My experiences traveling the world with Type 1 diabetes. Photos, stories, and lots of blood sugars and injections.
I have followed several train and subway lines in Osaka on foot, in an effort to get some exercise, learn how to exhaust my body yet maintain good BG, and to visit some parts of Osaka I wouldn't otherwise see, all at a leisurely pace. For each walk, I took photos and videos and recorded my BGs, food intake, and impressions of the neighborhoods I passed through. I learned a lot about handling BG while exercising. See my video diaries here...
I traveled for over four months — 131 days, to be exact — through several European countries over 2014-2015. I started in Sweden, went down through the Baltics, then parts of Eastern and Central Europe, the Balkans, and finally to Norway. I kept a daily travelogue here, with details of what I did and saw, and how I handled diabetes during the trip. Lots of photos of my blood sugars, meals, and shots can be seen on the pages along with the regular travel photos! I was with my longtime travel partner Masayo the entire time. She was a great help to me and lots of fun to travel with. Enjoy the travelogue. If you believe diabetics can do anything they want, help me spread the word: share an article or photo on Facebook or Twitter or whatever you like! Thanks :)...
Today was a long-time dream fulfilled: we finally were able to rent a car, and I drove us around the Dalmatia section of Croatia all day. It was my first time driving a car outside of North America, and my first driving at all since a week in Hawaii a few months ago. (In Japan, where I live, I don't drive.)First, I woke up very early with low BG. I didn't check, I just had juice and a cookie. Later at breakfast I didn't bother to check, figuring I was probably doing pretty good.After breakfast we walked back to the rent a car place. It is a single office that is both Thrifty and Dollar. (I don't understand that.) They had a car, and the guy spoke English, and the price was what the internet said it would be, about €50 for the day. They even had an automatic transmission car, which made me relax a lot: I can drive a manual transmission, but haven't in several years and never did regularly. I was glad I didn't have to try it in a new country with unfamiliar rules. Plus, the internet said the price would be double but it was only €8 extra.We set out in our little car up the road, and I settled into driving pretty quickly. Music is a big part of driving, and as I had no CDs or anything I had to rely on the radio, which played mostly dull, computer-y modern pop music. And a good one every now and then. But we were driving right down the coast of Croatia, and the views were spectacular as always. It was slightly chilly, and very sunny; a perfect day for driving.First we arrived in the town of Omiš and saw an old-looking fortress on a hill, so we decided to park and climb to it. We walked up a narrow stone path and steps behind rows of houses until we got to an iron gate that was locked, despite a sign with open hours on it that suggested we were right in the middle of the opening times. But, closed is closed, and we had to turn around.After a quick stroll around Omiš, another old-seeming stone town, we stopped in a Studenac supermarket for some picnic lunch food, and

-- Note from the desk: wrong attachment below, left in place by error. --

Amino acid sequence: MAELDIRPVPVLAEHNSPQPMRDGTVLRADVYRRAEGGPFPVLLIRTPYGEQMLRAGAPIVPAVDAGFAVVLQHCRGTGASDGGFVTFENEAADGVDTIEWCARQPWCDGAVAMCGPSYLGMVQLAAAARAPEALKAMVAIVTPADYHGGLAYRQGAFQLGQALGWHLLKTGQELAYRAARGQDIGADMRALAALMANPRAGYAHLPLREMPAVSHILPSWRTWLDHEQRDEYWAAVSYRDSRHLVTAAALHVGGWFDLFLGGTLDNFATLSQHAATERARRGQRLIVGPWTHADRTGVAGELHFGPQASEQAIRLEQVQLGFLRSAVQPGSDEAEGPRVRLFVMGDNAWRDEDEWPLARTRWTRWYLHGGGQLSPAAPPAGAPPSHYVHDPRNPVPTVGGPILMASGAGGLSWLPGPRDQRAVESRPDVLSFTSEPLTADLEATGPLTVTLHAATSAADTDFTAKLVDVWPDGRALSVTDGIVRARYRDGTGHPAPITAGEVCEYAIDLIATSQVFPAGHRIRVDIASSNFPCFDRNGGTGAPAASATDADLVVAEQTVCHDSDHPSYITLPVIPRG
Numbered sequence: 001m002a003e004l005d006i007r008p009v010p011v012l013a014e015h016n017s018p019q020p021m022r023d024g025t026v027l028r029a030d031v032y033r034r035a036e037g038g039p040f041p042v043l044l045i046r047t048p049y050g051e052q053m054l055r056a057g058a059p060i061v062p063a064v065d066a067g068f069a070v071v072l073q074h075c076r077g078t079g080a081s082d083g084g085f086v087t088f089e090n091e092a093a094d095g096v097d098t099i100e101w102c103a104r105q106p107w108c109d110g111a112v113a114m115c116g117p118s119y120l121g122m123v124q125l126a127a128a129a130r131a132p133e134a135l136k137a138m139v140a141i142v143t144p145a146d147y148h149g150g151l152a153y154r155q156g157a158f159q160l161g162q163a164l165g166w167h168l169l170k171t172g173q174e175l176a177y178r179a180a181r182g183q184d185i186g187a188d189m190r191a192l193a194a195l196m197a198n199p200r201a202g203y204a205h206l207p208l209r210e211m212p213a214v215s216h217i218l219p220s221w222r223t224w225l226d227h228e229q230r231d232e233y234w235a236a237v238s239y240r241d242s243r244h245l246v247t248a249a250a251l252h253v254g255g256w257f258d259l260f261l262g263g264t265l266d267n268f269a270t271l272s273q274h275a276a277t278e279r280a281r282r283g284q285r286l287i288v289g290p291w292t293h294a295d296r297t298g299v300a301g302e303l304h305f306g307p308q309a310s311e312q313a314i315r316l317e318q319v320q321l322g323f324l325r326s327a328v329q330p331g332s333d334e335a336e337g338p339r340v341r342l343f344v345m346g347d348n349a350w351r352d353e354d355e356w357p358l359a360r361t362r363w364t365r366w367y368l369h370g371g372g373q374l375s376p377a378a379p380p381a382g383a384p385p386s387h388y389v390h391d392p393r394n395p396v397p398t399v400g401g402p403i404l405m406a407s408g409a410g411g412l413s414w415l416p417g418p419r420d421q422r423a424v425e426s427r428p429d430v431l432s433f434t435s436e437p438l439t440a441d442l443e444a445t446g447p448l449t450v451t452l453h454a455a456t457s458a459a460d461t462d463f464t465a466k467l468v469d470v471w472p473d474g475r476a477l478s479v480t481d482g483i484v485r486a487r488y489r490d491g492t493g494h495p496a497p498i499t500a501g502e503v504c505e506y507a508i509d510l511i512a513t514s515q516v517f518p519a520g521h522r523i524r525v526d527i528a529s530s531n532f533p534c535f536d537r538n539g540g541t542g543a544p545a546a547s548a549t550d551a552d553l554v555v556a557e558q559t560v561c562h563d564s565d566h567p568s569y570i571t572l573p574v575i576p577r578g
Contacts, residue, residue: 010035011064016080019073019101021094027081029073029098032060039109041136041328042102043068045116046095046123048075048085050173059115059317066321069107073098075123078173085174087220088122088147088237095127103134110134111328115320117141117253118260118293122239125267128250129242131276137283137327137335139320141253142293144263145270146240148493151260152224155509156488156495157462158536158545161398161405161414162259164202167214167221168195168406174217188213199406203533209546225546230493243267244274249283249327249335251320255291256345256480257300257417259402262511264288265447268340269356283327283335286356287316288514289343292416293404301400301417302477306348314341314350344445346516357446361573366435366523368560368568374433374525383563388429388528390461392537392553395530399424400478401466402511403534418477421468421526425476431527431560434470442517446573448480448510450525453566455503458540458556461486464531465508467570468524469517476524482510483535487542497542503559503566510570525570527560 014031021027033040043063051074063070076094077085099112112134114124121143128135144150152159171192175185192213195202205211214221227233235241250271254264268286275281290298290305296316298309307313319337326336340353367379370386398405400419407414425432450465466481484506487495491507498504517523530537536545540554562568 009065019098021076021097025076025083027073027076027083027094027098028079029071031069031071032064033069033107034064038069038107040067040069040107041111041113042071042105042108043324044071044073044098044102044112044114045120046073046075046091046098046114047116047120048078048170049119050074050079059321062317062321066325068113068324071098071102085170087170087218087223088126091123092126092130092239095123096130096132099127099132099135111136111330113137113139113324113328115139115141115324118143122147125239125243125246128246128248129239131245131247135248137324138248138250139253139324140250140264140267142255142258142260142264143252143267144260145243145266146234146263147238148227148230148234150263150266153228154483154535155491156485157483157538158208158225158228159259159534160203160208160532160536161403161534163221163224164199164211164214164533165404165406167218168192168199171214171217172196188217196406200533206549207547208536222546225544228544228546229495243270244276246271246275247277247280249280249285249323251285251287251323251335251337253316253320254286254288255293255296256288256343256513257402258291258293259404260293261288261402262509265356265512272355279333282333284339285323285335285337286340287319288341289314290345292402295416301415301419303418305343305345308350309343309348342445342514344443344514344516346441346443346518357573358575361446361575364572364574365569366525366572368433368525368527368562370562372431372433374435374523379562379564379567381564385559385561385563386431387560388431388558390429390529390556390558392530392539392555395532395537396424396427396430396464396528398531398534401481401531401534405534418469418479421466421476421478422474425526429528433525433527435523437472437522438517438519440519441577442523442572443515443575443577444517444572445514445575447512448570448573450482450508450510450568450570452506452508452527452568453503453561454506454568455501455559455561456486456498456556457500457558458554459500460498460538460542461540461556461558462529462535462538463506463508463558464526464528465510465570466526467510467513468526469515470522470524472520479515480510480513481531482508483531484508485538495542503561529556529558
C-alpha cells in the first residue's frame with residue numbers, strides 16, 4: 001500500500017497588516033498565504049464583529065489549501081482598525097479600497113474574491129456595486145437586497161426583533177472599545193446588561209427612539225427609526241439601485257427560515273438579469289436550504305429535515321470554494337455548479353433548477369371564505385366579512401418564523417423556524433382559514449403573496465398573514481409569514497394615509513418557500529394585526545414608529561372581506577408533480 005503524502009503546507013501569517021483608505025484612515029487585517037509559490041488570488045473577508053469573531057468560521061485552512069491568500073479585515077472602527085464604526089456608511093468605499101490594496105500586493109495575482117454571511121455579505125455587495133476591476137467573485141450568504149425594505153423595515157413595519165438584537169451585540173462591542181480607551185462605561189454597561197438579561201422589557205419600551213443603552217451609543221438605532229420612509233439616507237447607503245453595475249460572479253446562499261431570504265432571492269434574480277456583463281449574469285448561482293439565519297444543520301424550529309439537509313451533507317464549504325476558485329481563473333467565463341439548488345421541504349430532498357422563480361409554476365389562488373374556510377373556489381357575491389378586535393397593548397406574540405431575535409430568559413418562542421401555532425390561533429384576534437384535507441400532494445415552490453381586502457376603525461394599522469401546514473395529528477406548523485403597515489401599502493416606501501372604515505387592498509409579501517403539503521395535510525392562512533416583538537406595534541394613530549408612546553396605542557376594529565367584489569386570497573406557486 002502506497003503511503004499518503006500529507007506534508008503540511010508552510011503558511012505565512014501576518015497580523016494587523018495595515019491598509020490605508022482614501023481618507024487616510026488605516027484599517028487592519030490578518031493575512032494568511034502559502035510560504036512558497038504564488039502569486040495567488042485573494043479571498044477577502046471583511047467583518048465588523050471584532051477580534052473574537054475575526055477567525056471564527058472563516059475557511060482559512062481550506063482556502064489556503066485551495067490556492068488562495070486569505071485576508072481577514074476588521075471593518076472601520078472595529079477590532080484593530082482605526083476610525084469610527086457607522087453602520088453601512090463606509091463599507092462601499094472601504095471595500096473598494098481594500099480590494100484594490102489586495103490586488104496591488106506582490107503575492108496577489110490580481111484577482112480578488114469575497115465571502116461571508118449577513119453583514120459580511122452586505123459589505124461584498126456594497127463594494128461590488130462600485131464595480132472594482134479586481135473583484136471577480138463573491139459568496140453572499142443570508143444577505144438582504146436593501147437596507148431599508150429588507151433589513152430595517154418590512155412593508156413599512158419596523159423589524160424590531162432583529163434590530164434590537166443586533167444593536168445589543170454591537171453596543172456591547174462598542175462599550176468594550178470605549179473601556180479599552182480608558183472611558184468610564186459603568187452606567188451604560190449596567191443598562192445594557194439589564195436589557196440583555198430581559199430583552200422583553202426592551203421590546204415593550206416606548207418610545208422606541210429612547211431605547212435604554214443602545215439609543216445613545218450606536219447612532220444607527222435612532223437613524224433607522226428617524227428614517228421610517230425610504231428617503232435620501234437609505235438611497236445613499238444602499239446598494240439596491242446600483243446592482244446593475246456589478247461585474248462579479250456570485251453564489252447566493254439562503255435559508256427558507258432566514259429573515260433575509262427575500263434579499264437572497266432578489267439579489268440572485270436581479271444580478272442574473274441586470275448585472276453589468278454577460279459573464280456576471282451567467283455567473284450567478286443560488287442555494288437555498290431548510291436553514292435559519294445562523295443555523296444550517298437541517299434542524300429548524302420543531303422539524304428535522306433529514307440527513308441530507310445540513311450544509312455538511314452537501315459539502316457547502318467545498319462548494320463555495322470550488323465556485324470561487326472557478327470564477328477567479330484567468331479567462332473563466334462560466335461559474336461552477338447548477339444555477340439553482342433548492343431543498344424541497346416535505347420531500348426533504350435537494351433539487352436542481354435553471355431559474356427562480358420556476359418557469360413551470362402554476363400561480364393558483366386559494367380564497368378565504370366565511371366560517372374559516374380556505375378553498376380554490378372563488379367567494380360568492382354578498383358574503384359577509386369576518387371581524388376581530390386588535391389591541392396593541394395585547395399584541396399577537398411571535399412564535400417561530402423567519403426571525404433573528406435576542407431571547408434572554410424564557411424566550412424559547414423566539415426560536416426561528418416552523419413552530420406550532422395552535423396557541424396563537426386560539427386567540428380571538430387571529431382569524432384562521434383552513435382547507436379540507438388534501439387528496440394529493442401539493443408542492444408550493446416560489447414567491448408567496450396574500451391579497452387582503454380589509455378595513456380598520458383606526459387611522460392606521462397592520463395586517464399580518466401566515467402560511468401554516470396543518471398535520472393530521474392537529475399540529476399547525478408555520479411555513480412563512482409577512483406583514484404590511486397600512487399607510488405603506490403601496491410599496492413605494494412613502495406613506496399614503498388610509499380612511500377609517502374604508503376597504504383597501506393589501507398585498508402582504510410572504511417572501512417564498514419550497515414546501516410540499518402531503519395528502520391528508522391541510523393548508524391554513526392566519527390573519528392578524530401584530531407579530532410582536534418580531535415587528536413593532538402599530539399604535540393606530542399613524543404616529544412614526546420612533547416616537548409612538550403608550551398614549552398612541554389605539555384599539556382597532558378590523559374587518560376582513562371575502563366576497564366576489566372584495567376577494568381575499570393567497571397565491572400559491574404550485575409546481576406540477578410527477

The day after Christmas was our day to go further into Croatia, having spent the last two days in a very pleasant but mostly closed Zagreb. Masayo and I had decided to head east into the Slavonia region of Croatia, and the city of Osijek.The day didn't begin well at all, diabetically, and in fact was pretty rotten throughout. Despite my solid and good BGs in the hours after dinner last night (141 and 110), I was 315 at 8 am. Clearly, something had gone wrong during the night. Evidently my liver had decided to give me some emergency glucose. I don't know why.So I had my eggs and bacon, courtesy of Masayo, and a chocolate croissant, plus yogurt and fruit and coffee for breakfast. I took a lot of insulin for it, plus to bring the 315 down. Then it was time to head out. We left our key on the table as instructed and walked to the tram stop.A tram came soon, and we got on and paid the driver for two tickets. On the way to the bus station, we noticed that the hills in the distance north of town were dusted with frost, or possibly even snow. We like snow, and so enjoyed seeing it. I wonder if we'll get any snow before we head down the warmer Adriatic coast? I guess it's not likely.We had bought our tickets for the bus online last night, so we had seats. The bus pulled out and we were on our way to Osijek (pronounced "oh see yeck").On the bus I checked to see how well the Humalog had done its job. Not good enough: I was now 342. Unaccountably high, based on what I ate: my liver must still be loosing carbs. Please stop. I've got everything under control, liver.So I took another shot, but had no food.We arrived in Osijek at 2 pm, and walked the 1.5 km to our hotel. The town seemed really nice, and had a small-town feel, but everything was closed. I have lived in Japan for ten years, where Christmas season exists for shopping but it isn't a religious or national holiday, so everything is open (until New Year's, when almost nothing is open). And I don't really remember how the opening